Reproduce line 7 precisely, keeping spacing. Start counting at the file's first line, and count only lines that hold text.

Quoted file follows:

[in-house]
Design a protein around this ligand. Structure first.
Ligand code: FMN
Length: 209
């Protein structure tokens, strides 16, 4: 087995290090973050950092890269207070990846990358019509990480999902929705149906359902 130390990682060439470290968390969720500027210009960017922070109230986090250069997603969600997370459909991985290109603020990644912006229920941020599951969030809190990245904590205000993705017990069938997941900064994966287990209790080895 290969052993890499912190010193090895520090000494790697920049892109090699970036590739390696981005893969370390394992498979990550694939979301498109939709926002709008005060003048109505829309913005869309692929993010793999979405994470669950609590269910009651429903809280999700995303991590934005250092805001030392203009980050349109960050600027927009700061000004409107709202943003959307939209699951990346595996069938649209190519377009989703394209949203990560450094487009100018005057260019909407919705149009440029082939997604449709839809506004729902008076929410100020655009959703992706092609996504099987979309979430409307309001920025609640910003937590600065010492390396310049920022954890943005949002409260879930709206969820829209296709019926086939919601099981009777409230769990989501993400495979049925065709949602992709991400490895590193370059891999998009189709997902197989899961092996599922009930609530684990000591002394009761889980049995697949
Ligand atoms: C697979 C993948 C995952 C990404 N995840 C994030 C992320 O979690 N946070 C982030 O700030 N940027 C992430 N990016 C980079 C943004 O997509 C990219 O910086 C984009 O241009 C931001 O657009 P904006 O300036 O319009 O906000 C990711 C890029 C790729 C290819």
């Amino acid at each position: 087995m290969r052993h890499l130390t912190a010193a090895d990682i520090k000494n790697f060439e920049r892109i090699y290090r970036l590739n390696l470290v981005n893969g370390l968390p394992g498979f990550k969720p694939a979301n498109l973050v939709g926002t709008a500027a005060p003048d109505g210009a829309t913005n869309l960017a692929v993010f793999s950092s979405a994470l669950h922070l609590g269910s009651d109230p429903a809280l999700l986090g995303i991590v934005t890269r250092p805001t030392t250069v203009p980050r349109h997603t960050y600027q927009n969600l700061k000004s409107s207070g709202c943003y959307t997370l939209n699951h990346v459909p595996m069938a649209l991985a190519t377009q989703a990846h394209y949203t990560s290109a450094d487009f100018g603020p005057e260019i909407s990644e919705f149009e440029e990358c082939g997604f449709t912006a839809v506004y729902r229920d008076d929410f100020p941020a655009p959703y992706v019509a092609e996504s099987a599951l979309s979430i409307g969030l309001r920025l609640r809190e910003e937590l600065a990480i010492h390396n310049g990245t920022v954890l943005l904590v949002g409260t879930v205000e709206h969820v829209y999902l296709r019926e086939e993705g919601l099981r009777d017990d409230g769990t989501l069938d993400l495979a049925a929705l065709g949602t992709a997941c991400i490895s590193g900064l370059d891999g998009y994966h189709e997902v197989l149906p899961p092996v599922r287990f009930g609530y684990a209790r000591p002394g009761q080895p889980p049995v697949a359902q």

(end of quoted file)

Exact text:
């Amino acid at each position: 087995m290969r052993h890499l130390t912190a010193a090895d990682i520090k000494n790697f060439e920049r892109i090699y290090r970036l590739n390696l470290v981005n893969g370390l968390p394992g498979f990550k969720p694939a979301n498109l973050v939709g926002t709008a500027a005060p003048d109505g210009a829309t913005n869309l960017a692929v993010f793999s950092s979405a994470l669950h922070l609590g269910s009651d109230p429903a809280l999700l986090g995303i991590v934005t890269r250092p805001t030392t250069v203009p980050r349109h997603t960050y600027q927009n969600l700061k000004s409107s207070g709202c943003y959307t997370l939209n699951h990346v459909p595996m069938a649209l991985a190519t377009q989703a990846h394209y949203t990560s290109a450094d487009f100018g603020p005057e260019i909407s990644e919705f149009e440029e990358c082939g997604f449709t912006a839809v506004y729902r229920d008076d929410f100020p941020a655009p959703y992706v019509a092609e996504s099987a599951l979309s979430i409307g969030l309001r920025l609640r809190e910003e937590l600065a990480i010492h390396n310049g990245t920022v954890l943005l904590v949002g409260t879930v205000e709206h969820v829209y999902l296709r019926e086939e993705g919601l099981r009777d017990d409230g769990t989501l069938d993400l495979a049925a929705l065709g949602t992709a997941c991400i490895s590193g900064l370059d891999g998009y994966h189709e997902v197989l149906p899961p092996v599922r287990f009930g609530y684990a209790r000591p002394g009761q080895p889980p049995v697949a359902q």